Lifestyle and Lifespan
The 11 species of roller occur in Africa, Asia, and Europe. They are mostly insectivores and will catch insects in the air while flying. Rollers are usually brown and blue. They will nest in old tree cavities and lay 2 to 4 eggs.
Head and upper mantle are white while the back is greenish black. The rest of the body is dark blue and the tail feathers are light blue. The outer tail feathers are 6 cm long and called tail streamers.
They have a strong body and a crow-like beak widened at the base. They have short legs and weak feet and rarely walk or hop. The three anterior toes are joined along their basal segments. They are good flyers with long wings. The tail streamer on an adult is 6 cm long.They have very keen eyesight and are among the first birds to come to a grassfire, termite hatch or locust swarm.
A savanna species often found in forest and woodlands.
Blue-bellied rollers make some seasonal movements but no great migration. They will travel great distances to fires to feast on fleeing insects.
Blue-bellied rollers mostly eat insects but will also eat small reptiles and oil palm fruit.
As an insectivore and being well-adapted to human areas, blue-bellied rollers help humans by keeping down insect pest populations. This trait also helps other animals who are also beleaguered by pest insects.
Like most reptiles, activity is temperature dependent, preferring conditions that are moist, humid, and warm. Ideal temperature is 80-95°F and they are more active during rainy periods and immediately after it has rained. During drought, turtles may spend time in burrows and in excessive heat turtles will seek out shallow pools of water to soak in. In fall months turtles are observed basking in the sunlight for energy. In Northern climates turtles will enter hibernation in late October. In places like Florida, turtles are active year around.
They are conspicuous and usually noisy birds. They frequent the topmost branches of tall trees from which they indulge in wild erratic flights, accompanied by loud cries and attack any large bird that passes. Others perch on dead branches on low trees from which they swoop down on their prey.
Groups of blue-bellied rollers are usually from 3 to 7 individuals, though they can be larger. They play, vocalize, and hunt together. They will also attack other animals together to defend their territory.
Blue-bellied rollers are usually seen in pairs, though there is evidence that males will court and mate with multiple females. They nest in holes in trees and lay two or three white eggs. Incubation lasts about three weeks and the young are fledged in about four weeks. Courtship involves fast chases on the wing with the following bird breaking away and rocketing earthwards, rolling from side to side and calling raucously all the while. They are territorial and reversed copulations have been witnessed which seem to be dominance displays.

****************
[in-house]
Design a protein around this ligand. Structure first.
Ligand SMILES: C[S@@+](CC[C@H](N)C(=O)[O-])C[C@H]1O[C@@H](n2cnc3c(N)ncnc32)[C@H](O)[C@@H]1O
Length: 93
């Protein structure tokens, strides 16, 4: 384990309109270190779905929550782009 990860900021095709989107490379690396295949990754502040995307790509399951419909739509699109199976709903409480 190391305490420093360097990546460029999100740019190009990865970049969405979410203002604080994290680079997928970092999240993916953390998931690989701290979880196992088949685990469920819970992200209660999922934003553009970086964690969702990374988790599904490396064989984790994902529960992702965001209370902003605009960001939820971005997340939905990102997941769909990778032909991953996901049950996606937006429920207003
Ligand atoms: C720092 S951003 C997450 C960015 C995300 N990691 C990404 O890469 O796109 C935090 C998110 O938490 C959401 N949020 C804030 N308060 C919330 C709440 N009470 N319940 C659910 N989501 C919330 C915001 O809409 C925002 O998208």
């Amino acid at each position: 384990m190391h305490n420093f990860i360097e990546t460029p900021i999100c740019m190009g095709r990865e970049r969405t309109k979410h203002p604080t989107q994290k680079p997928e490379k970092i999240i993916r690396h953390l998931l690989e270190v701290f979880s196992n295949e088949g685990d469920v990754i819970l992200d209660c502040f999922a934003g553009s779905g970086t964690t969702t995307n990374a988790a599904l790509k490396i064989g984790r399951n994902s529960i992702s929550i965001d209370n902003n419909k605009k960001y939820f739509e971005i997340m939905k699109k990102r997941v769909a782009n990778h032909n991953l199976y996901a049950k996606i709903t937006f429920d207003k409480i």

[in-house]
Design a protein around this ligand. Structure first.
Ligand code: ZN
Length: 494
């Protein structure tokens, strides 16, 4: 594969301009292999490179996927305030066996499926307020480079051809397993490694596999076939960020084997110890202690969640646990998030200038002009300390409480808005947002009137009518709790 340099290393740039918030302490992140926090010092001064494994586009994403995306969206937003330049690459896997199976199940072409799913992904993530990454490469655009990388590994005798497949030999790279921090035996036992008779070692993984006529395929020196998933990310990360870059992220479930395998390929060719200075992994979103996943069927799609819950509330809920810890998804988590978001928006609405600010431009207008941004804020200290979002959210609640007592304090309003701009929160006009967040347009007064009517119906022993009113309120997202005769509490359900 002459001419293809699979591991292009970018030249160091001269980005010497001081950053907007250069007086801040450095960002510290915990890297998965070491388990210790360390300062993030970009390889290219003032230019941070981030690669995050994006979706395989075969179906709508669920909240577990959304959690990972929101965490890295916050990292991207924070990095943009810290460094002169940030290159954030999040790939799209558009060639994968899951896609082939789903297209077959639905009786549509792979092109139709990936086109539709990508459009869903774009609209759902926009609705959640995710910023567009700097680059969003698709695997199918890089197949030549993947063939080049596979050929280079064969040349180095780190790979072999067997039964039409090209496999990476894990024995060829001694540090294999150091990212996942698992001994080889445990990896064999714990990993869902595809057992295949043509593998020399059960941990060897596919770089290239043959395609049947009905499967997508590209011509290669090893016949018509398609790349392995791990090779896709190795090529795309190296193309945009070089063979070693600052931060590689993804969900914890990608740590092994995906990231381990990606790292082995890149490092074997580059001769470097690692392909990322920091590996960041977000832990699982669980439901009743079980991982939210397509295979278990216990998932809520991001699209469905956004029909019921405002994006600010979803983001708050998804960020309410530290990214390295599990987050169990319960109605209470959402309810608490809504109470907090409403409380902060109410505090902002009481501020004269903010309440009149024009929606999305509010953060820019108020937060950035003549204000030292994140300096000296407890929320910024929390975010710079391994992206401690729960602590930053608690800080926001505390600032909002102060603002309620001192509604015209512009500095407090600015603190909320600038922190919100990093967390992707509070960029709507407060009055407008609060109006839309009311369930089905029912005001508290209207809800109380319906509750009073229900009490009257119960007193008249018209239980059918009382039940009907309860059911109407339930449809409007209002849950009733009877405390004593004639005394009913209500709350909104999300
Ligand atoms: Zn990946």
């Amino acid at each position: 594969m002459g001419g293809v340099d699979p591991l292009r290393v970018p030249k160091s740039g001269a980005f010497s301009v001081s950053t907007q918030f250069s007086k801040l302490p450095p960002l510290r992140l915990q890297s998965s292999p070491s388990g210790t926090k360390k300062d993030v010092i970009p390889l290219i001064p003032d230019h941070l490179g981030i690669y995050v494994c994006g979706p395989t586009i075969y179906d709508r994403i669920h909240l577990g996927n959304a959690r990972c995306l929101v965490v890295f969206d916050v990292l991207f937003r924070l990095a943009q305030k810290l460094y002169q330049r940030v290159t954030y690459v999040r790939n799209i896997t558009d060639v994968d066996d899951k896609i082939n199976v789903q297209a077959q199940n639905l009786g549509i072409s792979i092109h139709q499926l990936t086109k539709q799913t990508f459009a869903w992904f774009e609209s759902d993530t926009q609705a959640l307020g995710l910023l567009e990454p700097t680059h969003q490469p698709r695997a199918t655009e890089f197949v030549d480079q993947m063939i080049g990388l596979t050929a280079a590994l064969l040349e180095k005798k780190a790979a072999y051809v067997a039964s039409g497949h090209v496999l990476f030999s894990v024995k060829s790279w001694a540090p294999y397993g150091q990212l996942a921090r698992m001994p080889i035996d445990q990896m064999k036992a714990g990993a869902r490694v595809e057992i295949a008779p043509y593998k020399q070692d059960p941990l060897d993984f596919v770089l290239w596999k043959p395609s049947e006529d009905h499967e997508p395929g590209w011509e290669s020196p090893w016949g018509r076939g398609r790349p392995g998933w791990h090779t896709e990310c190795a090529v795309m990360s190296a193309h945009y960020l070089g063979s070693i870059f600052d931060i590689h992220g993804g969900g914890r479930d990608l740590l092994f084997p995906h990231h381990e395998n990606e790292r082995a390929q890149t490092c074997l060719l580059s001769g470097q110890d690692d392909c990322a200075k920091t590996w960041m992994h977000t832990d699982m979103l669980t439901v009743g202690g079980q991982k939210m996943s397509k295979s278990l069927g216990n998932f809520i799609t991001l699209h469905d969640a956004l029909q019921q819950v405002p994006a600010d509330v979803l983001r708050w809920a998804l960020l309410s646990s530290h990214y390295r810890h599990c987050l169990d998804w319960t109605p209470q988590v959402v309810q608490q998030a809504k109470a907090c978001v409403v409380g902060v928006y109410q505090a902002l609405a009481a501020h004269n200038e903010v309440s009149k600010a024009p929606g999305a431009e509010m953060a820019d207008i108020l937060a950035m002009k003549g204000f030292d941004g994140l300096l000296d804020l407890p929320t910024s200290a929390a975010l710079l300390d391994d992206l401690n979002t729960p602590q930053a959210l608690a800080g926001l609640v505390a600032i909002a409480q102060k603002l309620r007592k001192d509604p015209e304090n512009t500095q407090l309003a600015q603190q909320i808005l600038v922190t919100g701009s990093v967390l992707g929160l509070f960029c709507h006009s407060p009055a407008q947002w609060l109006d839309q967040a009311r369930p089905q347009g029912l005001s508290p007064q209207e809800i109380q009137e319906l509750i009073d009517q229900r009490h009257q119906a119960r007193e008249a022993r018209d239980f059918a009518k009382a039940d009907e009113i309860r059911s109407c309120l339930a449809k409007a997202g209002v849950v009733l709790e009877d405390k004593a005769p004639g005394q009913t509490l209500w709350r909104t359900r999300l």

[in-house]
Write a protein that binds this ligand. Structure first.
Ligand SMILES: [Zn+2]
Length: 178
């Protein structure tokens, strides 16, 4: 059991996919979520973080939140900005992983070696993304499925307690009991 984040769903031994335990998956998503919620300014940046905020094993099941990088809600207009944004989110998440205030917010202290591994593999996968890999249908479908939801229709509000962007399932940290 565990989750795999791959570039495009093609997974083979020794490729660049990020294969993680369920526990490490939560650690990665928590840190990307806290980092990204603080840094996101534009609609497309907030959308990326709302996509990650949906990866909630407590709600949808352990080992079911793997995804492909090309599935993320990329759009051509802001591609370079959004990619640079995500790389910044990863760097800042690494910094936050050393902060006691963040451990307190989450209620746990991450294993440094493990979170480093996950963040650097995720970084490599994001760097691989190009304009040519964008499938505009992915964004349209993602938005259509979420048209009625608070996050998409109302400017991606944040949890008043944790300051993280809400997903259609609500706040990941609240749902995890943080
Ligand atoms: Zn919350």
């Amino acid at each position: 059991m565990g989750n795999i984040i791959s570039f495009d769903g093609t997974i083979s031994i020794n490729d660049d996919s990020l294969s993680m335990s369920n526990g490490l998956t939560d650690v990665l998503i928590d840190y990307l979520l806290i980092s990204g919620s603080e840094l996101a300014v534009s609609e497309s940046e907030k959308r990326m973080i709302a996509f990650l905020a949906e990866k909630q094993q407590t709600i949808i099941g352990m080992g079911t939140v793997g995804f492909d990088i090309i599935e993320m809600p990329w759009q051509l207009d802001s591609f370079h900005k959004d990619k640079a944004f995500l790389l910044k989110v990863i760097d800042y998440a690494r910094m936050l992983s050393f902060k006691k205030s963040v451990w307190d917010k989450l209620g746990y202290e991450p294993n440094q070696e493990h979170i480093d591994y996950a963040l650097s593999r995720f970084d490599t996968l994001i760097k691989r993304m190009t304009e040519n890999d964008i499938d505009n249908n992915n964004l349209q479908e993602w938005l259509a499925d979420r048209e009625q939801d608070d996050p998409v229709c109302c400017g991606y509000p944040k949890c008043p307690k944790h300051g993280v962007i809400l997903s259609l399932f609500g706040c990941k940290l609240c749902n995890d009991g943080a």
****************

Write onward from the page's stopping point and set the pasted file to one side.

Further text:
Blue-bellied rollers usually lay 2 to 3 eggs in one clutch. The male and female roller will incubate the eggs though it is unclear how much time the male spends in this role. After four weeks, the offspring fledge and will leave their parents' care.
Because of the large range of blue-bellied rollers, it is difficult to get an accurate count. Populations are decreasing but not at a high rate, leading to their listing as Least Concern by the IUCN. Their woodland habitats are being developed and causing a problem for certain populations. They have adapted to live near humans where there is cleared ground.
Due to a widespread, consistent and persistent decline of the species, the ICUN considers the Box Turtle to be a Vulnerable Species. The decline is associated with anthropogenic causes, or manmade causes centering on urbanization. Agricultural use of pesticides within a shared water shed has negatively impacted young turtle survivability due to malformed eggs. Introduction of synanthopic predator species, (species who live near and benefit mutually from human settlement and urban habitats) such as ravens, coyotes and raccoons, are increasing in numbers as humans continue to urbanize.
Oakland Zoo has blue-bellied rollers on exhibit to educate the public about this bird. They are often a focus of feeding talks because of their amazing in-flight feeding.
You can help blue-bellied rollers by educating your friends and family about habitat loss as a conservation issue.
Blue-bellied rollers will dive straight down towards their prey from 30 feet in the air. They will also frequent grass fires to catch the fleeing insects.
The Iriquois and other Native Americans used them for food, medical, ceremonial, burial and hunting purposes.
Of all the Gerrhosaururidae lizards (Plated lizards) they are the most armored.
Fry, C. Hilary and Kathie Fry. 1992. Kingfishers, Bee-eaters and Rollers: A Handbook. Princeton University Press.
Mackworth-Praed, C.W. and C.H.B. Grant. 1957. Birds of Eastern and North Eastern Africa. Vol, 1. London. Longmans Green & Co.
Moynihan, M. 1990. "Social, sexual and pseudosexual behavior of the Blue-bellied Roller, Coracias cynogaster: the consequences of crowding or concentration" Smithsonian Contributions to Zoology, 491:1-23.
BirdLife International. 2016. Coracias cyanogaster. The IUCN Red List of Threatened Species 2016: e.T22682908A92967763.
http://dx.doi.org/10.2305/IUCN.UK.2016-3.RLTS.T22682908A92967763.en. Downloaded on 20 September 2017.
"Blue-bellied Rollers, Coracias cyanogaster." beautyofbirds.com, 20 Sept. 2017, https://www.beautyofbirds.com/bluebelliedrollers.html.
"Blue-bellied Roller." The Maryland Zoo in Baltimore, 20 Sept. 2017, http://www.marylandzoo.org/animals-conservation/birds/blue-bellied-roller/.